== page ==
Irish beef is being allowed back into China.
Minister for Agriculture Michael Creed says after years of hard work, the Chinese authorities this morning confirmed access for Irish Beef exports.
They banned beef from the EU and US during the BSE crisis in 2000. That ban was officially lifted three years ago but trade still has not resumed.
China is Ireland's third largest market, last year Ireland's agri-food exports there were worth nearly a billion euro.
So far three factories have been fully approved and can begin exporting.
These include the ABP plant in Clones in Co Monaghan, Donegal Meat Processors and Slaney Foods in Co Wexford.
Bord Bia has welcomed the announcement saying Ireland is the first European beef exporter to secure access to China.
According to Bord Bia, China officially imported more than 700,000 tonnes of beef in 2017 – a figure expected to double by 2020.
In China, annual per capita beef consumption is low at 4-6kg, compared to 19kg in Ireland.
They said an average annual increase of just 1kg per capita equates to an additional 1.38 million tonnes of beef per annum, and by 2020, it is estimated Chinese consumers will eat close to 9 million tonnes of beef.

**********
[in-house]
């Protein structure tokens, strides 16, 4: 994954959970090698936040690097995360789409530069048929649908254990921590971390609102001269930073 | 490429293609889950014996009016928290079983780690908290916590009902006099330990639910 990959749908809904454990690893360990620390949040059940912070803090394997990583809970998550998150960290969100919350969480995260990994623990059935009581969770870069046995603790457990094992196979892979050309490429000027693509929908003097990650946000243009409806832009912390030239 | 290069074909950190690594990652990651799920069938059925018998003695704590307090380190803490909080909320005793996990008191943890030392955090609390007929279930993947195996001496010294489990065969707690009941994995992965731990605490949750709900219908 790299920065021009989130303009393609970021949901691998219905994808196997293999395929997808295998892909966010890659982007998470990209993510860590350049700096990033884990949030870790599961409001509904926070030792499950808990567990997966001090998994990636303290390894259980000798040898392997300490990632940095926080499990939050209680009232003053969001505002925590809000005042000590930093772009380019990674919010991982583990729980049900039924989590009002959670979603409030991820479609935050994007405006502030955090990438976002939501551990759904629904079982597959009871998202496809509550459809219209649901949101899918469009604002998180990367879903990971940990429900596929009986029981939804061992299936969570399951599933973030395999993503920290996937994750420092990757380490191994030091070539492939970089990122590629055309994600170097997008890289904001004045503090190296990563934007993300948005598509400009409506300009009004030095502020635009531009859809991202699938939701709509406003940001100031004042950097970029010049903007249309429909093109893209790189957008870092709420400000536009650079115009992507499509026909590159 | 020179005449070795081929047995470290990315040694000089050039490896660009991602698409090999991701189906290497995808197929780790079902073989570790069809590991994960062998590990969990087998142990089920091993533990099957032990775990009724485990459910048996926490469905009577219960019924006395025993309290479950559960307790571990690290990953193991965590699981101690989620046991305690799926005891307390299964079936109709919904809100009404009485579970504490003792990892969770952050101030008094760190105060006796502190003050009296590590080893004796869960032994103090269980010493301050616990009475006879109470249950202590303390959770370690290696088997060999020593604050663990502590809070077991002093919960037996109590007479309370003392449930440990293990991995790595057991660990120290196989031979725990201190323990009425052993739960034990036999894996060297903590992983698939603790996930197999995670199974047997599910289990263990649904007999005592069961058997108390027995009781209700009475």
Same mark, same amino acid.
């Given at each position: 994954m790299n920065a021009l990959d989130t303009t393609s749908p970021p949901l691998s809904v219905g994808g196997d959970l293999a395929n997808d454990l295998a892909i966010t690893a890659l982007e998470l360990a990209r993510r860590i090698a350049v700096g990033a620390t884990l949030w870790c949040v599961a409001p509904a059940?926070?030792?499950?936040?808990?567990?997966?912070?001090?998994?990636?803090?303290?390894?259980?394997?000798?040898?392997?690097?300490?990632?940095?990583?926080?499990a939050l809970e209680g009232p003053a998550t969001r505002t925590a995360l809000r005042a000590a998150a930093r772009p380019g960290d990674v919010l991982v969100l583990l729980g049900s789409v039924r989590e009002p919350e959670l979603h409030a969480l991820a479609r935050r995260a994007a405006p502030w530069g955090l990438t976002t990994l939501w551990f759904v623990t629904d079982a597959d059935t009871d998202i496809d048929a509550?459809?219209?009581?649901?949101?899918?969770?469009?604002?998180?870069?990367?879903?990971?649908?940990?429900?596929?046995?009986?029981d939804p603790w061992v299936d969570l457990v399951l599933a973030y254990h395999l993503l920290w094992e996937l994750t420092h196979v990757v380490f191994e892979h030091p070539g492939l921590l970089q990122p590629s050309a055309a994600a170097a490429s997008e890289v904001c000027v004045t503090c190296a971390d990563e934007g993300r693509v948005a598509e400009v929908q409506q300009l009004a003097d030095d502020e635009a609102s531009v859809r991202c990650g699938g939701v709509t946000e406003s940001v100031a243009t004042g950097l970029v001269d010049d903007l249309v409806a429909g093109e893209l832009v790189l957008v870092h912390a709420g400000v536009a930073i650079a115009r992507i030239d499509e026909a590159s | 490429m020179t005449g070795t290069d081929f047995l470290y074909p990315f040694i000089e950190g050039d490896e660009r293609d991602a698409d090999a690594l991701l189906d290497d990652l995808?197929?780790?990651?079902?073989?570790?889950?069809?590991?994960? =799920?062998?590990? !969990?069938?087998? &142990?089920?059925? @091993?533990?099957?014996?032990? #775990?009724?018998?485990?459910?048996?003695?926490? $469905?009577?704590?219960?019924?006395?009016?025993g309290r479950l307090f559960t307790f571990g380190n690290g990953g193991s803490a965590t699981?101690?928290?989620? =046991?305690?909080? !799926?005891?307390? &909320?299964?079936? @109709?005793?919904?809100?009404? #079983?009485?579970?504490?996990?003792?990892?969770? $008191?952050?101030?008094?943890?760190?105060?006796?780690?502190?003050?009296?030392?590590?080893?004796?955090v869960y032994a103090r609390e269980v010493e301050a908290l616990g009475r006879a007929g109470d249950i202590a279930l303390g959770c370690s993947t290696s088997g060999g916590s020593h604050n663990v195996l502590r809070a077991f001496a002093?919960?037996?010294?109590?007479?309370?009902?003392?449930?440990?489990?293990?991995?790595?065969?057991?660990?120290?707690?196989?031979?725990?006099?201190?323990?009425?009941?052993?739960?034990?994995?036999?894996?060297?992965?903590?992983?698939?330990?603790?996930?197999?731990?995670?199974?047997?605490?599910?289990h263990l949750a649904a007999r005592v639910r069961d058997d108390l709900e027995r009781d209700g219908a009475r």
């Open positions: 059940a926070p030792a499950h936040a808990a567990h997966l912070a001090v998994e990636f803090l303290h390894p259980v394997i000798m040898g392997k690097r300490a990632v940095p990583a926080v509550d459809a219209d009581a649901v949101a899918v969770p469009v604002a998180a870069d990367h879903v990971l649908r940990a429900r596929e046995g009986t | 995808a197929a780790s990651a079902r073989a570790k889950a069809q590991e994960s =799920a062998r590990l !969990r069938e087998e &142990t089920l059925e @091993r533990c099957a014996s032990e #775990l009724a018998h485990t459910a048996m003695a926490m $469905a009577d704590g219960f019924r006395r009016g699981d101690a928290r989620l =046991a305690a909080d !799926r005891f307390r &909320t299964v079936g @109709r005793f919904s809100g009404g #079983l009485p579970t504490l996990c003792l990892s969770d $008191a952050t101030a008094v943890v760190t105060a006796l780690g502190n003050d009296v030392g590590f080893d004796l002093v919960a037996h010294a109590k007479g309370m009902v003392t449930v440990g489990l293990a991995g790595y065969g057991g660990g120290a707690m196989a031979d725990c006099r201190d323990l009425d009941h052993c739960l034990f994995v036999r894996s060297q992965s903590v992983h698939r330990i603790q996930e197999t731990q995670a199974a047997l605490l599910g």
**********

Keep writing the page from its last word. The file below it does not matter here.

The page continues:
Bord Bia CEO, Tara McCarthy, said: “Bord Bia, and in particular, our Shanghai office, has been actively planning and preparing for today’s breakthrough, and we are now well-positioned and ready to maximize this significant opportunity for Irish beef exporters.
"Today’s timely announcement follows just days after we hosted the China Meat Association and 17 senior representatives from leading Chinese meat importers as part of our Marketplace International event. All of the visiting Chinese delegates had the opportunity to visit Irish beef farms and processers, giving them a first-hand experience and insight into Irish food production.”
“Ireland’s agri-food industry already enjoys a strong trade relationship with China. Exports were valued at almost €1 billion last year, while China is our second largest export market for dairy and pork, behind the UK."
- Digital Desk